TV Chefs Are Making Us Hungry (And Getting Us Cooking)
Who’s your favourite celebrity chef? And do you base your devotion on the cuisine, the star power, the skills level or how good looking they are?
These days, celebrity chefs wield an awful lot of power. They are the new rock stars and probably even have their own gastronomic groupies! The fandom is immense, the merchandise is abundant and TV cooking shows just keep on giving. First run or re-run, there’s always something new to discover among the plethora of hints and tips these audience-seducing kitchen superheroes continue to spout. And the more we watch them cook, the more we want to get our aprons on too!
Here are my favourites:
Oh, I so love Jamie Oliver for his heartfelt passion and good intentions to change the way we shop, cook and eat. He doesn’t sugar-coat things – except maybe a batch of exquisite beer and cardamom apple fritters – but tells it how it is. Battery hens, chicken nuggets made from reclaimed meat and soaring type 2 diabetes rates have all been exposed on his programs. But his efforts to show us how to get a full meal on the table in fifteen or thirty minutes have inspired countless home cooks to back away from the food delivery apps and pick up a pan.
The self-titled ‘Crazy Bull’ has energy to burn and a personality that spills out all over the place. The Spanish accent adds to his infinite charm and the boyish twinkle in his eye spells Mischief with a capital M. He reckons kids are the toughest food critics in the world but says his greatest role is not as a chef, but as a Dad to the two children he raises with wife Sascha.
I used to live in Hobart so watching Ben Milbourne whipping up sumptuous dishes using proud Tassie ingredients makes my mouth water! A former school teacher, Ben appeared on MasterChef Australia in 2014 and never went back to school. To date, he’s chalked up a number of TV programs including Food Lab and Ben’s Menu.
I don’t know what it is about Rick Stein but I find his voice as calming as a glassy ocean. A seafood aficionado, you’ll find him flitting off to far-flung fishing villages all over the world. He (literally) throws himself in to whatever is happening, including night netting for squid on a full moon with Langkawi fishermen, and munching on fish eyeballs from a curry in Penang. He confesses a deep penchant for jellied eels and is famous for saying: “People should eat less, moan less and value food more”.
I seem to be a fan of male chefs mostly and could go on and on with Hugh Fearnley-Whittingstall, Paul Hollywood and Antonio Carluccio. One female chef I adore is Lidia Bastianich, the Italian-American force de la cuisine who can turn a humble plate of pasta into a culinary masterpiece.
Cooking shows play an increasing role in encouraging Australian home cooks to get busy in the kitchen. No matter how basic or how ‘MasterChef-y’ the recipe, there will always be a spark of inspiration to get mouths watering and tummies grumbling.
Be inspired, not overwhelmed!
I recently watched Nick Honeyman in The Best of New Zealand whip up a Thai Red Curry with mussels and clams and his recipe contained 19 ingredients! Now I don’t know about you but I don’t keep things like kaffir lime leaves and palm sugar on hand. That’s where Latasha’s Kitchen products come in very handy. She’s done all the hard work for you, combining the perfect quantities of the freshest ingredients to be authentic, delicious and easy to prepare. I also didn’t have clams or mussels on hand (and anyway, I would prefer fish and prawns) but I did have some beautiful, diced grass-fed beef. Considering I was hankering for those deep, rich Thai flavours, it didn’t really matter to me what protein I chose. The end result was a lovely Thai red beef curry, very satisfying indeed!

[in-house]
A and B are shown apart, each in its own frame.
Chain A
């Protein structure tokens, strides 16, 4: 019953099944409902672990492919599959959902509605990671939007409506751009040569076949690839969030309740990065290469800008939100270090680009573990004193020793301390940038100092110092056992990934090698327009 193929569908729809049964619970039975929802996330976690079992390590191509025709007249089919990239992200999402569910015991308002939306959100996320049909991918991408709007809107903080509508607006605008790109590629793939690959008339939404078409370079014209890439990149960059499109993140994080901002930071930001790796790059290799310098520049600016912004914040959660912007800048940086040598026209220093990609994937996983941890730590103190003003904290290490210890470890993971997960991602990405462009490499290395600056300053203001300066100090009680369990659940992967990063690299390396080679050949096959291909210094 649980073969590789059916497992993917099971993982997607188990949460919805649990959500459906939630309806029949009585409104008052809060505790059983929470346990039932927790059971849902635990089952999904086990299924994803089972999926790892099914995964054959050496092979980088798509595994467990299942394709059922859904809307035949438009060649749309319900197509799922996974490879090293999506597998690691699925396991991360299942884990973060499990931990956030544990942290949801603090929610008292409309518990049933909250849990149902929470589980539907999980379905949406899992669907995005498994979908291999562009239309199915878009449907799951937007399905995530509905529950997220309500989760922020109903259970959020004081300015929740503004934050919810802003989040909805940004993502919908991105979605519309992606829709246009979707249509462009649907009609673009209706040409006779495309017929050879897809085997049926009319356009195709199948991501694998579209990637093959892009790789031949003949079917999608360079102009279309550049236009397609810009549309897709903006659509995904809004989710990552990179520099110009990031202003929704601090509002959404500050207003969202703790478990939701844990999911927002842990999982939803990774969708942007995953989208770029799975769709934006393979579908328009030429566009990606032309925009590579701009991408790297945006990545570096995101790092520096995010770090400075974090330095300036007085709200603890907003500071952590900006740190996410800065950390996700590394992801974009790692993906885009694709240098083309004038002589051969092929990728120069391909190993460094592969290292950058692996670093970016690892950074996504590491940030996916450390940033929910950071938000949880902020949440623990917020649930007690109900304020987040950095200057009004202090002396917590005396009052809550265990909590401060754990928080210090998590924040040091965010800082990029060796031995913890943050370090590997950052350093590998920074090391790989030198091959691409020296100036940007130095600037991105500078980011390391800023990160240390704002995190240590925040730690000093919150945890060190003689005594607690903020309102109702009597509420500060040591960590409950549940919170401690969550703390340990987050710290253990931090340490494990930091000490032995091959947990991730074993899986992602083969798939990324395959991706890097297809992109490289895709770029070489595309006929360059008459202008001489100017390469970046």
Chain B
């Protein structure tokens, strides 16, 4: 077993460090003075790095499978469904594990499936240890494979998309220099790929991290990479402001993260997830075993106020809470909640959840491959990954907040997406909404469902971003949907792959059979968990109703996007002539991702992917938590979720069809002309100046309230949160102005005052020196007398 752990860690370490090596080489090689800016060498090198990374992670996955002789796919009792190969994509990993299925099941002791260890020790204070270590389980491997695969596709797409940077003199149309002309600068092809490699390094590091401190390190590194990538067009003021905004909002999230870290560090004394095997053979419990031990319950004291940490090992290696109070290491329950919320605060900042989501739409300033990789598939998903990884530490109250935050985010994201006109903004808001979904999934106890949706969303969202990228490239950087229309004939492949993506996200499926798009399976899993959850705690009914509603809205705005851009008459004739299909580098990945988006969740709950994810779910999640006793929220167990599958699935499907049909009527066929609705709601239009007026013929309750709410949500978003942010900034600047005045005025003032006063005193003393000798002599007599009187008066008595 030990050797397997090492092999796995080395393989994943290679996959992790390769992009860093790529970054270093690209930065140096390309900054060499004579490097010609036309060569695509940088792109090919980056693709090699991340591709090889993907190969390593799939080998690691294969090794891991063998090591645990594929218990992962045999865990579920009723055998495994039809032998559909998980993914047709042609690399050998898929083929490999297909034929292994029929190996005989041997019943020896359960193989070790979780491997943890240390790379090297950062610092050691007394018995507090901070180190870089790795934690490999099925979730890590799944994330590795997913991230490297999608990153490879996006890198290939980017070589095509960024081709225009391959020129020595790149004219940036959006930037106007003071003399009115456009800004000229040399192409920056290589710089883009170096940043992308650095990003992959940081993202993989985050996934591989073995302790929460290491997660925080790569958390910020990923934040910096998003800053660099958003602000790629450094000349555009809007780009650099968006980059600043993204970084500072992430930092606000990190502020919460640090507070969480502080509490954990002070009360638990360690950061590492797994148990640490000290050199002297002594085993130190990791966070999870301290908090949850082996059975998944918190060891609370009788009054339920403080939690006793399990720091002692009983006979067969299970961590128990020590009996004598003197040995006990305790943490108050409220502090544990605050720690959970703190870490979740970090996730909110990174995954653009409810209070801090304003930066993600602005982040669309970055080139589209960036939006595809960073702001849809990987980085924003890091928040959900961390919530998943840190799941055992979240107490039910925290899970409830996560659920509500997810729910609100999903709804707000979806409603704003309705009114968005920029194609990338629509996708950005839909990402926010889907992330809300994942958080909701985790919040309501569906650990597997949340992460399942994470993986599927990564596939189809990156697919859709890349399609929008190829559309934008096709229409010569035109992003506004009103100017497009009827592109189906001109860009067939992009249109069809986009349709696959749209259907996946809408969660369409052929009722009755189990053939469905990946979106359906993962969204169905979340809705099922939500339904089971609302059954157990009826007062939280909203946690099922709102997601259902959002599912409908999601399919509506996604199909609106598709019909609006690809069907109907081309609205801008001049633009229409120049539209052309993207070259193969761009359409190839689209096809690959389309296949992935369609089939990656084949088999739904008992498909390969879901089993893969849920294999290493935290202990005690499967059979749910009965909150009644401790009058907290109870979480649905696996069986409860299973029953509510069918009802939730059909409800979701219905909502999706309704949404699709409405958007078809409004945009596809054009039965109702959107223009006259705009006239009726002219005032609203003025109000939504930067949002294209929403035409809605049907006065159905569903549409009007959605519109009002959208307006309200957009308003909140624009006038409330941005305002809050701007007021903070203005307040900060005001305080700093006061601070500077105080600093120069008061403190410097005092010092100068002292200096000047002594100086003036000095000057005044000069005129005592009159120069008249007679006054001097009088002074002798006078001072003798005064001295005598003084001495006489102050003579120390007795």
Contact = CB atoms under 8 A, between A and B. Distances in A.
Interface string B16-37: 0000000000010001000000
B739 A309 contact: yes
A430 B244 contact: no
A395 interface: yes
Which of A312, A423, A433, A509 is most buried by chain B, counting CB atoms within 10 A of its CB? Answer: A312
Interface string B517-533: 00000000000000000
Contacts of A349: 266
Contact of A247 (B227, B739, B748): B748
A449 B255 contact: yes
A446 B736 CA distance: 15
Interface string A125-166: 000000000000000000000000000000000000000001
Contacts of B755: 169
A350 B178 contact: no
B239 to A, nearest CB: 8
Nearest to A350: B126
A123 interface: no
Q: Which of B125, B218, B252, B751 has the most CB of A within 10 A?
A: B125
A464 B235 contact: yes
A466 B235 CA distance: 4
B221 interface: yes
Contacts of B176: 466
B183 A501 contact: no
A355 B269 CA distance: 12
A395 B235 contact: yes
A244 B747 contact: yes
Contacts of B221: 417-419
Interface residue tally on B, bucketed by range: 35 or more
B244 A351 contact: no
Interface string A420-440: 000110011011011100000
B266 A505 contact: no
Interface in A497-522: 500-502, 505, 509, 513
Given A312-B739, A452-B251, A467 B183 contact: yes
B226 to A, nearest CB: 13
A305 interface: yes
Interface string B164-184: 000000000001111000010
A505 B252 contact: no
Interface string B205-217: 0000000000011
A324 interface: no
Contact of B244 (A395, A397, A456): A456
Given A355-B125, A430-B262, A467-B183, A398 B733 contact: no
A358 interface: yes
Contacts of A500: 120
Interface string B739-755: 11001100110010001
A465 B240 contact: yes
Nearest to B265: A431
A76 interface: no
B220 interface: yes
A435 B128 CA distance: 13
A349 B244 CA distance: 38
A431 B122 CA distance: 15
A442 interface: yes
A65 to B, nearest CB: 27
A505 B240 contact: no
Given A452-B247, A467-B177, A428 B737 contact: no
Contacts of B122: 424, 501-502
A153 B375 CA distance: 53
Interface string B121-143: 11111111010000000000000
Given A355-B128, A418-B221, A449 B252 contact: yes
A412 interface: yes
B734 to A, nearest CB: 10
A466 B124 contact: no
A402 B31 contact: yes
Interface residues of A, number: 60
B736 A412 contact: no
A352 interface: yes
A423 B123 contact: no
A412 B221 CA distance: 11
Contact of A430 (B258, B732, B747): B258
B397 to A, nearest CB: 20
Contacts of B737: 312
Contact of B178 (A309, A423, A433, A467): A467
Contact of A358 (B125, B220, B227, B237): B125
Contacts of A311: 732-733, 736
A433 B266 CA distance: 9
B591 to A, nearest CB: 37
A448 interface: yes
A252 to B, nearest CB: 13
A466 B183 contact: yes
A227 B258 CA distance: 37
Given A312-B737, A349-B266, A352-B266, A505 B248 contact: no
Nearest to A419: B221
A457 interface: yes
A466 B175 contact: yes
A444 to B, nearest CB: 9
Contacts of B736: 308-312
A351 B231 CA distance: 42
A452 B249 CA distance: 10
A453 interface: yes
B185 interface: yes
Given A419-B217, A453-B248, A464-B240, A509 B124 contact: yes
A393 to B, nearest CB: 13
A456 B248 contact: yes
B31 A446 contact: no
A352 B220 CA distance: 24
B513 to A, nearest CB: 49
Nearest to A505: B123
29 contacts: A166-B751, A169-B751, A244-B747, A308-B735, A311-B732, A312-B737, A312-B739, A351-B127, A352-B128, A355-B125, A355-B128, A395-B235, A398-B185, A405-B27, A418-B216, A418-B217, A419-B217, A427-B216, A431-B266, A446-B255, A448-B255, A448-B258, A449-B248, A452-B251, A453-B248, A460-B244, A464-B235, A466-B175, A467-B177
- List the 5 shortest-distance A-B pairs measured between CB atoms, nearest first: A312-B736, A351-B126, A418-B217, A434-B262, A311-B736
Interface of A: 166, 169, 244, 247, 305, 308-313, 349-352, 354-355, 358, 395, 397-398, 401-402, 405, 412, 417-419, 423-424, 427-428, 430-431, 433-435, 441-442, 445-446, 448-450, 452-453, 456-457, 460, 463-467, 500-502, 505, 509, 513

Thai Red Beef Curry
Ingredients (Serves 2)
- 1 tbsp cooking oil (I use olive oil)
- 250 g diced beef
- 1 medium potato, peeled and cut into chunks
- Salt to taste
- 1 tbsp Latasha’s Kitchen Thai Red Curry Paste
- 3 small tomatoes, halved
- 1 cup water
- ½ cup frozen peas
- ½ can coconut cream
- Heat oil in pan and when hot, add beef and potato.
- Stir occasionally so that meat browns on all sides.
- Add Latasha’s Kitchen Thai Red Curry Paste and allow to fry until aromas are released.
- Add tomatoes then water (enough to cover about halfway). Bring to boil then cover and simmer for 10 minutes.
- Once the water has mostly evaporated, add the peas and a little more water if needed. Cover and simmer for another couple of minutes until peas are cooked.
- Add coconut cream, stir and allow to simmer for about 5 minutes.
- Serve with rice, quinoa or other preferred accompaniments.
Variations: Use whatever vegetables you have on hand. I always keep peas in the freezer and usually have a potato or two floating around. You could toss in a handful of frozen mixed vegies or add some capsicum slices, baby corn or diced carrot. If you want to increase your greens, stir in a small pack of baby spinach leaves a minute or two before serving.